• Gout is more common in men than women as women have lower uric acid levels. Men in the age group of 30-50 years are commonly affected. However, after menopause, women’s uric acid level increases and they too are at risk.
  • Sometimes, a surgical procedure or some kind of trauma can cause gout.


An orthopedic doctor can usually diagnose gout from a physical examination and the patient’s medical history, description of the pain and its onset. A few tests may be suggested:

  • A blood test to determine uric acid level.
  • A joint fluid test during which fluid from the affected joint is withdrawn with a needle and examined under a microscope to find out if urate crystals are present.
  • X-rays may be suggested to rule out other conditions.
  • An ultrasound test can help detect gout.
  • DECT (dual energy computerized tomography) may be suggested if the joint fluid is too less or inaccessible for examination.


There are two different treatment modalities and the orthopedic doctor will decide on which one to use depending on the gout attack severity and duration.

  • One way to treat gout is to give medications to handle the pain.
  • The other way is to give medications that will lower the body’s uric acid levels. This will prevent further complications.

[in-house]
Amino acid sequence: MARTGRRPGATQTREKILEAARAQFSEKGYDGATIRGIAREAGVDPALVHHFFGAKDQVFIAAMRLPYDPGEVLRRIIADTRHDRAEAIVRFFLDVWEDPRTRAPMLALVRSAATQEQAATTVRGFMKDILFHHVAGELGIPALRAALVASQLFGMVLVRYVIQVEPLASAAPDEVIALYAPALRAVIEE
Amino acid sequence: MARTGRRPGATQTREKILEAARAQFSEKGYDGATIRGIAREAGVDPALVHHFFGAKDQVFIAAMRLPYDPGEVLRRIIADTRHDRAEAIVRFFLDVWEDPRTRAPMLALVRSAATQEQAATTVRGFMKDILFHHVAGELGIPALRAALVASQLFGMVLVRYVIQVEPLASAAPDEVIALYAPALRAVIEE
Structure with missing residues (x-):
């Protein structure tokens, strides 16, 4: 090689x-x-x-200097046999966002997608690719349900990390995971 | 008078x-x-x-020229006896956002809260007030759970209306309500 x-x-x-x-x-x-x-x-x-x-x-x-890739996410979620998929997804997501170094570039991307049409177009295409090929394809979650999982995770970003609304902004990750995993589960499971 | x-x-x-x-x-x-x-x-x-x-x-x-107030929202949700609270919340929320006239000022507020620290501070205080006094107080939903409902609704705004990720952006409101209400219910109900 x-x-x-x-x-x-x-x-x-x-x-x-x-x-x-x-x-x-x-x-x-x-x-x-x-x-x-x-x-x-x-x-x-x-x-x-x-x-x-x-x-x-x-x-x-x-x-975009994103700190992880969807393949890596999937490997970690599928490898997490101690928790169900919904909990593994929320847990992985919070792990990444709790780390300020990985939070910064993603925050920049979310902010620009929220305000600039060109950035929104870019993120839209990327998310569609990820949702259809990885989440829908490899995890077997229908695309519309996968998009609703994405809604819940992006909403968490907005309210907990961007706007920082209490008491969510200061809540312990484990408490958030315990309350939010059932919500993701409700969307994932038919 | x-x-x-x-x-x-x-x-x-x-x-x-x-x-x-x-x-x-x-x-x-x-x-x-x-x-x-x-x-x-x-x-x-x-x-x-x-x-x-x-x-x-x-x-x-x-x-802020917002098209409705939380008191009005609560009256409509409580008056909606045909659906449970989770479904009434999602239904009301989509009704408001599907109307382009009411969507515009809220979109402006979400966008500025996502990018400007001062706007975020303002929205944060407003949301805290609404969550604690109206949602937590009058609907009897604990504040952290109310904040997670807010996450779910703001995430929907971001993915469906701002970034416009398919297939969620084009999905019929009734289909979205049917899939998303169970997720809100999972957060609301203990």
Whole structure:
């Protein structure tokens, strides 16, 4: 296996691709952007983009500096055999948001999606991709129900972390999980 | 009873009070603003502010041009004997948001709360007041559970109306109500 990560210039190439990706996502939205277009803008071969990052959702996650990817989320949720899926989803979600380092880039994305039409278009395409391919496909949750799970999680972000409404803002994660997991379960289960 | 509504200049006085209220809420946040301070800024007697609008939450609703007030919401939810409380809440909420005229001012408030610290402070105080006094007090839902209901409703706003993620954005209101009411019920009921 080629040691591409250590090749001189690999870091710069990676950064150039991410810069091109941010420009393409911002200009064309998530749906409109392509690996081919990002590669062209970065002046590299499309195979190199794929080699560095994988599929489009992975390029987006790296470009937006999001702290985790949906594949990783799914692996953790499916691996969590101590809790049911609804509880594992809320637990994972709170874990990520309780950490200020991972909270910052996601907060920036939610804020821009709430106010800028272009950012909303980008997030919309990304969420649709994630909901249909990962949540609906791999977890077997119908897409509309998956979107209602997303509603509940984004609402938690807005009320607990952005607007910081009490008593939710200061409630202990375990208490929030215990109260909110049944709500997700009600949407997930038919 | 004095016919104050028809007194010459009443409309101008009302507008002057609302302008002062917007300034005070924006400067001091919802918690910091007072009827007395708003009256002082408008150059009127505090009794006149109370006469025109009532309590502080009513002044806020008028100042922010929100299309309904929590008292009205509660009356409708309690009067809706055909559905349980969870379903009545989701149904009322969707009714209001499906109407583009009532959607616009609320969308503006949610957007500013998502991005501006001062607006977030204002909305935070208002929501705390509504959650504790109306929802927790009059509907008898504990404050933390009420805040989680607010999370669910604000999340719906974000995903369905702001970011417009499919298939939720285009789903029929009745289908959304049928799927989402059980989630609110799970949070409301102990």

Surgery is not usually suggested for gout. However, in cases of chronic gout, the joint and tendons might suffer damage and there might be infections in the joint. Tophi can accumulate in the joints and cause pain. In such cases, three surgical options may be recommended:


  • Reduce/stop alcohol consumption
  • Limit purine rich food consumption
  • Reduce dairy consumption
  • Make sure to eat a lot of vegetables
  • Watch your weight
  • Stop smoking
  • Work out regularly
  • Drink enough water

As mentioned earlier, since certain drugs that are used to treat other conditions increase the risk of a gout attack, it is best to ask your doctor for advice on how to prevent a gout attack in such cases.

Managing Gout

  • Gout attacks are painful and a person with gout should be prepared for a sudden flare-up.
  • The flares will be more frequent if gout is left untreated.
  • In some cases, gout attacks might be frequent immediately after starting treatment. This is because the uric acid levels are adjusting to the new medications and diet modifications.

Gout can be successfully managed with a combination of lifestyle changes and medication. Lowering uric acids levels to values less than 6 mg/dL will reduce gout attacks.

When experiencing a gout attack:

  • Reduce consumption of alcohol and sweetened beverages.
  • Drink water and stay hydrated.
  • Keep the affected joint in an elevated position.
  • Apply cold compress to the affected joint for 15-20 minutes various times a day.
  • Gout attacks are painful so try to stay calm and avoid stressing yourself.

Takeaway Message

Consult your orthopedic doctor if you experience sudden intense joint pain with the joint appearing swollen and red. The symptoms of gout are similar to other joint infections which need immediate attention.